In France, Christmas is a time for family and for generosity, marked by family reunions, gifts, and candy for children, gifts for the poor, Midnight Mass, and le Reveillon.
The celebration of Christmas in France, like other places, varies by region. Most provinces celebrate Christmas on December 25th, which is a bank holiday as well. However, in eastern and northern France, the Christmas season begins on December 6, with la fete de Saint Nicolas. In Lyon, December 8 is la Fete de lumieres, which is when Lyonnais pay homage to the virgin Mary by putting candles in their windows to light up the city.
French Christmas traditions include children putting their shoes in front of the fireplace, in the hopes that Pere Noel (aka Papa Noel) will fill them with gifts. Candy, fruit, nuts, and small toys will also be hung on the trees overnight. In some regions, there’s also Pere Fouettard who gives out spanking to the bad children (which is equivalent to Santa Claus giving coal to the naughty). In 1962, a law was passed decreeing that all letters written to Santa would be responded to with a postcard.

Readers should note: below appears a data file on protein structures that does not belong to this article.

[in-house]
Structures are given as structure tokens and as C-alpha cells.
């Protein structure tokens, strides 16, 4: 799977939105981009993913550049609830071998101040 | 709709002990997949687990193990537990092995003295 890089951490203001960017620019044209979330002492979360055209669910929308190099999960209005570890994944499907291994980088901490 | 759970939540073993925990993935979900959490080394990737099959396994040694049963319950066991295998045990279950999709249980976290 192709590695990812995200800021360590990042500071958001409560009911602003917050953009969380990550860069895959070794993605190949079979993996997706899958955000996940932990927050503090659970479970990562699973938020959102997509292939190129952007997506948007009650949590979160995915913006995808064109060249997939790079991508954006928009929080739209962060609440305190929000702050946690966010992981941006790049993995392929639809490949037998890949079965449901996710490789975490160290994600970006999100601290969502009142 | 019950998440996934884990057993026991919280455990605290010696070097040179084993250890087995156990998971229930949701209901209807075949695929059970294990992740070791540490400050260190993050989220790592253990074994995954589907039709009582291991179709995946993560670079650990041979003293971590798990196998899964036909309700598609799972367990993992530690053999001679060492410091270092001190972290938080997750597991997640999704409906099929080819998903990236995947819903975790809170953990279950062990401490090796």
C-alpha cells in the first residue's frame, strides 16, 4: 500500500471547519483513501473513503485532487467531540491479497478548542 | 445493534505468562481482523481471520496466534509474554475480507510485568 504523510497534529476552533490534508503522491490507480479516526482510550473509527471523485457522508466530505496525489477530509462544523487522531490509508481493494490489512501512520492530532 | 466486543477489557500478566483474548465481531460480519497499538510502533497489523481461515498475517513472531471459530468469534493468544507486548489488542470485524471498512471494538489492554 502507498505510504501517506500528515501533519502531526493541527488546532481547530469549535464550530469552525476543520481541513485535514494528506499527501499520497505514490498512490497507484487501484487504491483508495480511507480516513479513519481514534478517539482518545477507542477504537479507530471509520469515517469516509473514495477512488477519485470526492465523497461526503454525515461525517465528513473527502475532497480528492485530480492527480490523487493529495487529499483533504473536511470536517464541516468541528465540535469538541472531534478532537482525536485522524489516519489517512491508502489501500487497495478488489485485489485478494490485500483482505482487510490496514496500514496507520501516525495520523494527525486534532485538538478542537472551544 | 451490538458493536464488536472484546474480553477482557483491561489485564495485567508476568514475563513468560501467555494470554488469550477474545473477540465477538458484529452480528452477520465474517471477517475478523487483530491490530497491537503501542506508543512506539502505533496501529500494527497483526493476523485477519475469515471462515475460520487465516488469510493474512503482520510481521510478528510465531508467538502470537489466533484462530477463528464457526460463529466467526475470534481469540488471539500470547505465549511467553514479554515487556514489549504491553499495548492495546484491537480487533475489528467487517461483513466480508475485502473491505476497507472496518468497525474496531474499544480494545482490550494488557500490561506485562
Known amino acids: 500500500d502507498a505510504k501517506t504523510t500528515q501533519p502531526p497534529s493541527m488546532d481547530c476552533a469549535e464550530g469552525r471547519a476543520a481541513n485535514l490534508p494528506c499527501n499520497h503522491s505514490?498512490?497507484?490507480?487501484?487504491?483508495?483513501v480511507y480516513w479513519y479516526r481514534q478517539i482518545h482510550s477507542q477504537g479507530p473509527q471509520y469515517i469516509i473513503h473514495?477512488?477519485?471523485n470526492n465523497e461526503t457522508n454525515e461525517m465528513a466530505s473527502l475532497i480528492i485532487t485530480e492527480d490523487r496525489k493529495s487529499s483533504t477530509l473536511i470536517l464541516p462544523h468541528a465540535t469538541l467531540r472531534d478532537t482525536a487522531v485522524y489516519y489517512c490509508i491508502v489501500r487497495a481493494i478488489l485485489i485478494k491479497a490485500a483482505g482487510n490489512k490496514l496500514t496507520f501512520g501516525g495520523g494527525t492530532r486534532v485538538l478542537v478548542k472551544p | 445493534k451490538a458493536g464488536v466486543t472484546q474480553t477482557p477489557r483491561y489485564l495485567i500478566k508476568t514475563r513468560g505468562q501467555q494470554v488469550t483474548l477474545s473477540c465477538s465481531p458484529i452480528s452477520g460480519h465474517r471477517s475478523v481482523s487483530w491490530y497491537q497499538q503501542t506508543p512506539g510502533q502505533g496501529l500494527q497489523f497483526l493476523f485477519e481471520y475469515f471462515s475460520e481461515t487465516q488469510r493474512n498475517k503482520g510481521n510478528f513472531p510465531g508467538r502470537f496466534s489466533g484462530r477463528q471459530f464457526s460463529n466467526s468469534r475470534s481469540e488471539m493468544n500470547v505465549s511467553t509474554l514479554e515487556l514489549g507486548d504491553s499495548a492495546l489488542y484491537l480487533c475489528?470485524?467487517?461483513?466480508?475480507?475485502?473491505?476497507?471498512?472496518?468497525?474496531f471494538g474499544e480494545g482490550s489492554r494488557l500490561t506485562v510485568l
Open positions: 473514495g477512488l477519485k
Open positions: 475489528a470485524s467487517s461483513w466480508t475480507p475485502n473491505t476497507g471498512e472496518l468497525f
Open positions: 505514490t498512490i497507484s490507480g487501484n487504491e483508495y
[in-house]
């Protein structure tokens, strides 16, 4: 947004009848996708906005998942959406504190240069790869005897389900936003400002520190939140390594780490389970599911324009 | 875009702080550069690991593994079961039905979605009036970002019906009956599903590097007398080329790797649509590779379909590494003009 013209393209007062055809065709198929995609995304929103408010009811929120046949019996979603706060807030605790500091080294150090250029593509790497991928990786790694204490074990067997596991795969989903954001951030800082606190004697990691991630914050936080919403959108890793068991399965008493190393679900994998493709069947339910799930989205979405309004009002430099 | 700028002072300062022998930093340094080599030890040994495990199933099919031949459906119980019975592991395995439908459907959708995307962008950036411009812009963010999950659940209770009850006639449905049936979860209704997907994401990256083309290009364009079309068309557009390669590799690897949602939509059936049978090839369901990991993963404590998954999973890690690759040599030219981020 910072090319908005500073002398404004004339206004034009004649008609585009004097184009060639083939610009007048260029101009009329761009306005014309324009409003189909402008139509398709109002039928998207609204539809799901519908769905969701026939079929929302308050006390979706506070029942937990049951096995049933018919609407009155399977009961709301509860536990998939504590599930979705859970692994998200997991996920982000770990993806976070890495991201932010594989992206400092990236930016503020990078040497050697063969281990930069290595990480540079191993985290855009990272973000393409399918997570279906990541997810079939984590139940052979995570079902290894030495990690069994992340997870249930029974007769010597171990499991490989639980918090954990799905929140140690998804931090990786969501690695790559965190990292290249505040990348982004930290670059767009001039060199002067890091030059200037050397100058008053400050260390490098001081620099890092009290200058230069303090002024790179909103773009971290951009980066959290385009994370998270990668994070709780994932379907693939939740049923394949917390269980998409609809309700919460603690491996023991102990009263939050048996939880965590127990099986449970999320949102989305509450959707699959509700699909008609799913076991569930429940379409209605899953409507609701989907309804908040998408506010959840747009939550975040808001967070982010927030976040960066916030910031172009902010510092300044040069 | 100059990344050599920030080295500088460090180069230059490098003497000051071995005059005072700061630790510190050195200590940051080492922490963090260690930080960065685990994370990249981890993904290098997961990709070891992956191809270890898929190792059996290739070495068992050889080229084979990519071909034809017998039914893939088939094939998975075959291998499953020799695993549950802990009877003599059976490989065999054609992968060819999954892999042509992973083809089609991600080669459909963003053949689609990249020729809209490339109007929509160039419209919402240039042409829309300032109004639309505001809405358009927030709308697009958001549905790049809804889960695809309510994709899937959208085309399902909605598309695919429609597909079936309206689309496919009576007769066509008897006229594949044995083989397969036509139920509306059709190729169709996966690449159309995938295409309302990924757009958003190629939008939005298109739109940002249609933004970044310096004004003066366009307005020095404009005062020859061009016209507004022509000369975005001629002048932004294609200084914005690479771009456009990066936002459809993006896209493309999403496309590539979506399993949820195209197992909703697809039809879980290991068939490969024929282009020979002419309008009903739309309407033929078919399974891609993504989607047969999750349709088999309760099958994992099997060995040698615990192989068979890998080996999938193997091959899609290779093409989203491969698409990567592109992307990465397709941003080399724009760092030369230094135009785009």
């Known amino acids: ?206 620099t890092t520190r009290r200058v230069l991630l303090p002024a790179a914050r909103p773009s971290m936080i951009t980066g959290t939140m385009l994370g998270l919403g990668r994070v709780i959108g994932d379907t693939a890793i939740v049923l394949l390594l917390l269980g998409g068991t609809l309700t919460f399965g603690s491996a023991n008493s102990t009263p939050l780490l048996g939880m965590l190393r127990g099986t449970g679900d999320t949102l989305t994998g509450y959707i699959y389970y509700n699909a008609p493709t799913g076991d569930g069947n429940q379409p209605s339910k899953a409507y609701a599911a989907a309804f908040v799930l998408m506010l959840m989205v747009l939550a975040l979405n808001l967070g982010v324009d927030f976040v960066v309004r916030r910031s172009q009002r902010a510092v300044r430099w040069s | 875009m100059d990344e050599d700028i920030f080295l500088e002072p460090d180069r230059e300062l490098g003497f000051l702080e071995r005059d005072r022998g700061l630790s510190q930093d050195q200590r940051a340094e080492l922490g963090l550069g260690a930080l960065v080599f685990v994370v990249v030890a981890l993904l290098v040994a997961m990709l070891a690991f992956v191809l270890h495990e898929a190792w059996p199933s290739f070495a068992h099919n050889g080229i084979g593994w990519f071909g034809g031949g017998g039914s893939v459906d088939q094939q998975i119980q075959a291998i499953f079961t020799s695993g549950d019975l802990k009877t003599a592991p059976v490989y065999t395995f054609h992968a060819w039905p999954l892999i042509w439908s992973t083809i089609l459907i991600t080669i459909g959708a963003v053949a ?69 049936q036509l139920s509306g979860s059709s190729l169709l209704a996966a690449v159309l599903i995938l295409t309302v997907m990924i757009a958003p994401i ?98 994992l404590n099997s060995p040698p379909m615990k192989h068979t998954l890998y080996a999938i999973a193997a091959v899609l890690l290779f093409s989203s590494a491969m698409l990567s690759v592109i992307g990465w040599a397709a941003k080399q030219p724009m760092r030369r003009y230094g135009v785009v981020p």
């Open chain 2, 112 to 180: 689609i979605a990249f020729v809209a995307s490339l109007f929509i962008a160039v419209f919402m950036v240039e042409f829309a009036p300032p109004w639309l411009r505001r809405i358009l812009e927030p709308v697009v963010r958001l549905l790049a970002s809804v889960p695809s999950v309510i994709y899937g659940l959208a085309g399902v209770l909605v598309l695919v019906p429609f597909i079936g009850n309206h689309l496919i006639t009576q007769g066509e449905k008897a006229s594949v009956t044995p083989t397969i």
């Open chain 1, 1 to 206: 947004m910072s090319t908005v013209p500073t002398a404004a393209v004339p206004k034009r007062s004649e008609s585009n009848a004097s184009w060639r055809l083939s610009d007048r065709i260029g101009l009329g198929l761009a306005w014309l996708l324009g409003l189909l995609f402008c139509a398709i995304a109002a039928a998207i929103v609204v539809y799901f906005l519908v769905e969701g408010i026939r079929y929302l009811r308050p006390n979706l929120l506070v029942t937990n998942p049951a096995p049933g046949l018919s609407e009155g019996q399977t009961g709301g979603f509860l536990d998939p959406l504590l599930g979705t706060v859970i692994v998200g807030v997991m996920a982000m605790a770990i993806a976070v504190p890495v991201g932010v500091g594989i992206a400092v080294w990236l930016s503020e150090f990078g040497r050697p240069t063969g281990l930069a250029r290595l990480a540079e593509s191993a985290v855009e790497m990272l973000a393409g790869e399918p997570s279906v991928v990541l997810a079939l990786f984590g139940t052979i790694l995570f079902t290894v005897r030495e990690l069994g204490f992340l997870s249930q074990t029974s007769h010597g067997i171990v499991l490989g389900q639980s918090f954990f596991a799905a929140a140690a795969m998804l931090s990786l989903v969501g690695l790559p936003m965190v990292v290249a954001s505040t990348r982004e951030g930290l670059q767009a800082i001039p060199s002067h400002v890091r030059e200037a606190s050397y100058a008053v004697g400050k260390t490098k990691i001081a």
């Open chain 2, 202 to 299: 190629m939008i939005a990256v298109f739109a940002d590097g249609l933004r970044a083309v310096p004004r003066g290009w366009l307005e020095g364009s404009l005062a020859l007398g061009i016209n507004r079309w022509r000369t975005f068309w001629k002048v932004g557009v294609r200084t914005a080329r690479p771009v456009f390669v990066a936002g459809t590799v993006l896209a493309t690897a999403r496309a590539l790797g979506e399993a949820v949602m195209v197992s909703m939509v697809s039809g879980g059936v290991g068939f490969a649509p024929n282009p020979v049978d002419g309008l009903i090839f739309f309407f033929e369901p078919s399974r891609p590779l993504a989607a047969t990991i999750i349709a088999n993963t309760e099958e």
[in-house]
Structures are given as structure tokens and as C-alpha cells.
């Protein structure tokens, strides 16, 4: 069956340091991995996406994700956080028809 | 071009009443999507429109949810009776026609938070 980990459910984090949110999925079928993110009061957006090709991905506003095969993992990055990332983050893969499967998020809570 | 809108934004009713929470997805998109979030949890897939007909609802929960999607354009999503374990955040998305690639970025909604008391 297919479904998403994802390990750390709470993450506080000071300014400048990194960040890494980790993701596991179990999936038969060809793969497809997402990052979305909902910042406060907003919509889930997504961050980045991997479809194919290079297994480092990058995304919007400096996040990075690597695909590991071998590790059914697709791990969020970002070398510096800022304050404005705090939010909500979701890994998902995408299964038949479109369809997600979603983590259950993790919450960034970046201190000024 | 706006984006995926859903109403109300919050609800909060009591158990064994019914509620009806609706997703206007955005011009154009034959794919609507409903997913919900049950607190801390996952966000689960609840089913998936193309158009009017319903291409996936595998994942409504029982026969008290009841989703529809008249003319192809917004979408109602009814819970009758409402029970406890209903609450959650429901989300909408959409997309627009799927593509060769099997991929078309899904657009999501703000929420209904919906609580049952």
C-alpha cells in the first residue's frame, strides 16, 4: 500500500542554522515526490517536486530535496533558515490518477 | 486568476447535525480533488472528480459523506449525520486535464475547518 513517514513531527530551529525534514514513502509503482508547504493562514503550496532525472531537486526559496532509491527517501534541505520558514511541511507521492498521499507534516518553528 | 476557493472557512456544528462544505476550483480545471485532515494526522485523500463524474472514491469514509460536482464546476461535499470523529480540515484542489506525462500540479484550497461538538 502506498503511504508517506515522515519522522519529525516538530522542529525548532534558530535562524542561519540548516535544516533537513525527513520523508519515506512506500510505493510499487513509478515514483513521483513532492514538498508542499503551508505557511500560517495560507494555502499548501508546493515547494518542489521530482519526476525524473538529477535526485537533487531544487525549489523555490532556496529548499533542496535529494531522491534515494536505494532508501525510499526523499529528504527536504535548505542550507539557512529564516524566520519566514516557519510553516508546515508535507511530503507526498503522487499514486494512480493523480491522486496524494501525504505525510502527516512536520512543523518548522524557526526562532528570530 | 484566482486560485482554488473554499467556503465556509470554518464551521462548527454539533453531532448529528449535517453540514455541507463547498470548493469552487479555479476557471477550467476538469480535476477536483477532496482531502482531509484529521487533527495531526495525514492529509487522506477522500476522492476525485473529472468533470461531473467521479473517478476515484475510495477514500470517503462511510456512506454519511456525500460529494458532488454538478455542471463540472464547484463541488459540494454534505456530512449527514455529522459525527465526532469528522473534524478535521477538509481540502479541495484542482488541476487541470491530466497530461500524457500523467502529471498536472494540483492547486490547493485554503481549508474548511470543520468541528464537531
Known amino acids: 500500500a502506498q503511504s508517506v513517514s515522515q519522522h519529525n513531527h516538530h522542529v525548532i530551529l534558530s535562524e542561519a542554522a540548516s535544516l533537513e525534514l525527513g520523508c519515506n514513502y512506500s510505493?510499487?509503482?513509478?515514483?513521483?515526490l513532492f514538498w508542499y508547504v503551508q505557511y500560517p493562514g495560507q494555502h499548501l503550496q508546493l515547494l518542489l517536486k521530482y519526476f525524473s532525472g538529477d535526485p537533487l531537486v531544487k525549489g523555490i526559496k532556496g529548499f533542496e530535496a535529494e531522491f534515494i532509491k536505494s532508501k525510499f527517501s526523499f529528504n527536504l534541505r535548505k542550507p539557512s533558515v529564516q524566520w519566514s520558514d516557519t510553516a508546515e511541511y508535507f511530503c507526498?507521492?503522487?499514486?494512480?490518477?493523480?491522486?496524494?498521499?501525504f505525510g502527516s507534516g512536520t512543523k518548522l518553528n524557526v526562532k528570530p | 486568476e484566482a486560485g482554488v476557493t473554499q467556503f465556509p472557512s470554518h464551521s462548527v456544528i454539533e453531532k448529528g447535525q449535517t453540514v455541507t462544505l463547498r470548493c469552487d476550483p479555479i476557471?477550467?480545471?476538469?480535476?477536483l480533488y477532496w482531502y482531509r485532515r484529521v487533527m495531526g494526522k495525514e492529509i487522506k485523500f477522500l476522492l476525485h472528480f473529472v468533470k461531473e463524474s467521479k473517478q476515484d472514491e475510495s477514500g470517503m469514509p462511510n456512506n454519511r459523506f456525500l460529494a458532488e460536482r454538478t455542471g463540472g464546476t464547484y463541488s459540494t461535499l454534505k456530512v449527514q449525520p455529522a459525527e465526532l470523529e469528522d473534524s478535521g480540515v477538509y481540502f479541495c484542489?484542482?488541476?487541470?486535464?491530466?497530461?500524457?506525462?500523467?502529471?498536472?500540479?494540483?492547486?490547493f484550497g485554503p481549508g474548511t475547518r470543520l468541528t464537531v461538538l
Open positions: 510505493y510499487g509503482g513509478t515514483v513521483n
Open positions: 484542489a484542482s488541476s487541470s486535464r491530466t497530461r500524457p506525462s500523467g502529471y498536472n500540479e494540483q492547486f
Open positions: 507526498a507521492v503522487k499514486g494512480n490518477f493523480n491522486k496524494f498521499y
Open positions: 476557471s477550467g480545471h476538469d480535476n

While fewer and fewer French attend la Messe de Minuit on Christmas Eve, it is still an important part of Christmas for many families. It is followed by a huge feast, called le Reveillon (from the verb reveiller, which means to wake up or to revive). Le Reveillon is a symbolic awakening to the meaning of Christ’s birth and is the culinary high point of the season, which is often enjoyed at home or in a restaurant or café that is open all night. Traditional dishes included goose, chicken, capon, turkey stuffed with chestnuts, oysters, and boudin blanc.
Overall, France is a truly magical place to be during the holidays. The gorgeous scenery and decorations, coupled with the history and architecture, make it a unique and breathtaking place to spend the holidays.